Japanese Prime Minister Shinzo Abe met with European Union leaders in Brussels this week, vowing to secure a free trade deal with the bloc as soon as possible. Negotiations over the deal began in 2013 and have run into a number of roadblocks. In an email interview, J. Berkshire Miller, a Tokyo-based international affairs fellow with the Council on Foreign Relations, discusses the challenges that remain to clinching the deal as well as what the two sides stand to gain.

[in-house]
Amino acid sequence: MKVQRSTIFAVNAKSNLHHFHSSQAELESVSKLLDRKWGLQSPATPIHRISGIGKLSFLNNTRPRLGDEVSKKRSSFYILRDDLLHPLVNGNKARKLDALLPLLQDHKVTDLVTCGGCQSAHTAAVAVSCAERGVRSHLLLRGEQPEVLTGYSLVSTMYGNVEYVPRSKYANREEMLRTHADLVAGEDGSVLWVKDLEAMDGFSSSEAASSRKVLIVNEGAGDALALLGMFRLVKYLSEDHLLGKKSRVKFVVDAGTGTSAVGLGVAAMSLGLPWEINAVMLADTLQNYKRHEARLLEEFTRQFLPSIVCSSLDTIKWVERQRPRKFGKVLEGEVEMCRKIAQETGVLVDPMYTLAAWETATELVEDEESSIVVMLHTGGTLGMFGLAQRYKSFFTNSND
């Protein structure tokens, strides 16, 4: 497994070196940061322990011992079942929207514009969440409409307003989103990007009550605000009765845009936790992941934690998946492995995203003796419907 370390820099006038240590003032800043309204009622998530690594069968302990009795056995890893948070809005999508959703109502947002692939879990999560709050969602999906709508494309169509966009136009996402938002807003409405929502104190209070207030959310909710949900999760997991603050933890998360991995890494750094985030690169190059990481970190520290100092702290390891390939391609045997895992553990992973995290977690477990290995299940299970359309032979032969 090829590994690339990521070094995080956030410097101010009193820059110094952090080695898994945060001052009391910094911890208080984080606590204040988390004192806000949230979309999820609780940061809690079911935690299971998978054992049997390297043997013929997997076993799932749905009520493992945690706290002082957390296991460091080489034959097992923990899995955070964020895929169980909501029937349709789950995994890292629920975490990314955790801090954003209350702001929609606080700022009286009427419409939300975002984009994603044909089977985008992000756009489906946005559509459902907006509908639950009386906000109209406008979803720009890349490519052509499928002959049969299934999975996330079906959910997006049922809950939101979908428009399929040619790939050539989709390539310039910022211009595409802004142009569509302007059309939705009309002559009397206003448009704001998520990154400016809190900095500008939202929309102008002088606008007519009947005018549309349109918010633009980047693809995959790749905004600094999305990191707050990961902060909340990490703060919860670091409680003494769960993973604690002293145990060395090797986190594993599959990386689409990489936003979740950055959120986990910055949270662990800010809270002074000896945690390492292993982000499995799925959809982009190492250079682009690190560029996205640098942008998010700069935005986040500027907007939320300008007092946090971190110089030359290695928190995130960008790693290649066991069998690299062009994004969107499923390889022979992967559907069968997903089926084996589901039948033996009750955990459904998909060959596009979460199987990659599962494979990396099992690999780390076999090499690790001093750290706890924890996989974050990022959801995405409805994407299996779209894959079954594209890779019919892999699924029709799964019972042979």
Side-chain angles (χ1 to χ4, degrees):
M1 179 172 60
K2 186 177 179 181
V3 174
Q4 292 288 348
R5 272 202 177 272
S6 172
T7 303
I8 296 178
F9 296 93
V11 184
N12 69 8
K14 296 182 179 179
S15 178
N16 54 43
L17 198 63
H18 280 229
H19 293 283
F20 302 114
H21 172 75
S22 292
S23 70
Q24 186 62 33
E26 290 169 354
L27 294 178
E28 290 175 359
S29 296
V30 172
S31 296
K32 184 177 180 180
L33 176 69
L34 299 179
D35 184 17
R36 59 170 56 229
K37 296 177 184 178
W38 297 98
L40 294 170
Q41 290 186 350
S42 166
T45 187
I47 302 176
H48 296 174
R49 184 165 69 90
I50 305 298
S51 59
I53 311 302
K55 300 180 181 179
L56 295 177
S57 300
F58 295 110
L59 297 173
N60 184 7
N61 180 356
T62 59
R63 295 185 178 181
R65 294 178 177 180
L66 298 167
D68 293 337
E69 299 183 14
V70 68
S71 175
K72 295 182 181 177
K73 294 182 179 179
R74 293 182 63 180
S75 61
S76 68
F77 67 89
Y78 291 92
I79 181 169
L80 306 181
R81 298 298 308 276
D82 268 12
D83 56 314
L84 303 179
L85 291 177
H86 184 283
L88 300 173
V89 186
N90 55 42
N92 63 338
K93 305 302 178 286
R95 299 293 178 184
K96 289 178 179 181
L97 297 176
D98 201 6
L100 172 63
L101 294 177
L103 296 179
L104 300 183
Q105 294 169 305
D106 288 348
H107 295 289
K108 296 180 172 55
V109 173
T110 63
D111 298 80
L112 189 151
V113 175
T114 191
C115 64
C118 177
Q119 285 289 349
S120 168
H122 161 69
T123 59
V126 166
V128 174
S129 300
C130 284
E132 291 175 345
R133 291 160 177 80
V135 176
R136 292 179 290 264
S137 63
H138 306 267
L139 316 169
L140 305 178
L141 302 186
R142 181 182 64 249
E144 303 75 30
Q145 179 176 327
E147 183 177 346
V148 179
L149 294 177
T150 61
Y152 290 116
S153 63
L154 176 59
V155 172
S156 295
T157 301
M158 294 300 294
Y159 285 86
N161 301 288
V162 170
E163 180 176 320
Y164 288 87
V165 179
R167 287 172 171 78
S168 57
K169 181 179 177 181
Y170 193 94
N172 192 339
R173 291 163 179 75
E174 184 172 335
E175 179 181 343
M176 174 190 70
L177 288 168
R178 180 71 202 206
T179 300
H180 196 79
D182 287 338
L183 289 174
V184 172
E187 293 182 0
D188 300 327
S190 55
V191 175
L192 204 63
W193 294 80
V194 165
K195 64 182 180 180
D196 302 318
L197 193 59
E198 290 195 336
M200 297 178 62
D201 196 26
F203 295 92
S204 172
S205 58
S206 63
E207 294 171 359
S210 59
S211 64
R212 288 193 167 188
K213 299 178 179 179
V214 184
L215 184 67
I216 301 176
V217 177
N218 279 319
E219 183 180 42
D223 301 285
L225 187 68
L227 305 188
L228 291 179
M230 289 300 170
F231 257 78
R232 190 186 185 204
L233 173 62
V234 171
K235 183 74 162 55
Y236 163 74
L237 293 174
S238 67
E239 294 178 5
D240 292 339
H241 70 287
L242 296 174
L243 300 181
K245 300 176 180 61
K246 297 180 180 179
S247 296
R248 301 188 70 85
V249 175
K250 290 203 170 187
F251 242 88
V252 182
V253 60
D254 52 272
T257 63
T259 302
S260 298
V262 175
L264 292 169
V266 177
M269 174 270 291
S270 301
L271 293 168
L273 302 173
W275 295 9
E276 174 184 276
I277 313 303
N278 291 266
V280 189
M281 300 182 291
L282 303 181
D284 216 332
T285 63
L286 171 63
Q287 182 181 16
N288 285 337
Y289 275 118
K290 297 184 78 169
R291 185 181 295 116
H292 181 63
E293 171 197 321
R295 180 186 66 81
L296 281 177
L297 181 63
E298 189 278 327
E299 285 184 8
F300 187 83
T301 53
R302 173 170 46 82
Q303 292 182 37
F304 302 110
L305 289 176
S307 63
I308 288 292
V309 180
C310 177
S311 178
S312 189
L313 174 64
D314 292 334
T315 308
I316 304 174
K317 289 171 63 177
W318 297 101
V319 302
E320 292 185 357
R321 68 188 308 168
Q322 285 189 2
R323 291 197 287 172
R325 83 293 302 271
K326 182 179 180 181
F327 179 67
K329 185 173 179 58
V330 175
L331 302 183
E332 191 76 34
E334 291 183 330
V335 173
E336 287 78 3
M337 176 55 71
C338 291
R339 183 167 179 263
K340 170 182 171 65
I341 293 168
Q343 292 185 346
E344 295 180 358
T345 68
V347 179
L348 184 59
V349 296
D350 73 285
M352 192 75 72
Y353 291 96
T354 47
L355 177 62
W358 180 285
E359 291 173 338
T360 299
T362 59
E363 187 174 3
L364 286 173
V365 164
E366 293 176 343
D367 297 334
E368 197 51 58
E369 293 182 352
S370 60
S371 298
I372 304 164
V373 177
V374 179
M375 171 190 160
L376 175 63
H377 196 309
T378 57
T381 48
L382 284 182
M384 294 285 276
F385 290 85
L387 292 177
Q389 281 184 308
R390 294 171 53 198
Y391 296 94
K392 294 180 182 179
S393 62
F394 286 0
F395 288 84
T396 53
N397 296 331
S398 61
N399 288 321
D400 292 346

WPR: What is the current state of economic and political ties between Japan and EU countries, how have they been evolving in the past decade, and how will a free trade agreement affect both sides?
Miller: Japan maintains traditionally positive relations with the EU as an institution and positive bilateral relations with most of the bloc’s member states. Tokyo has strong trade and investment links with many countries in the region, including Germany, France, Italy and the Netherlands. Clearly, an FTA—which has been discussed for years—would be a positive mechanism to further economic relations.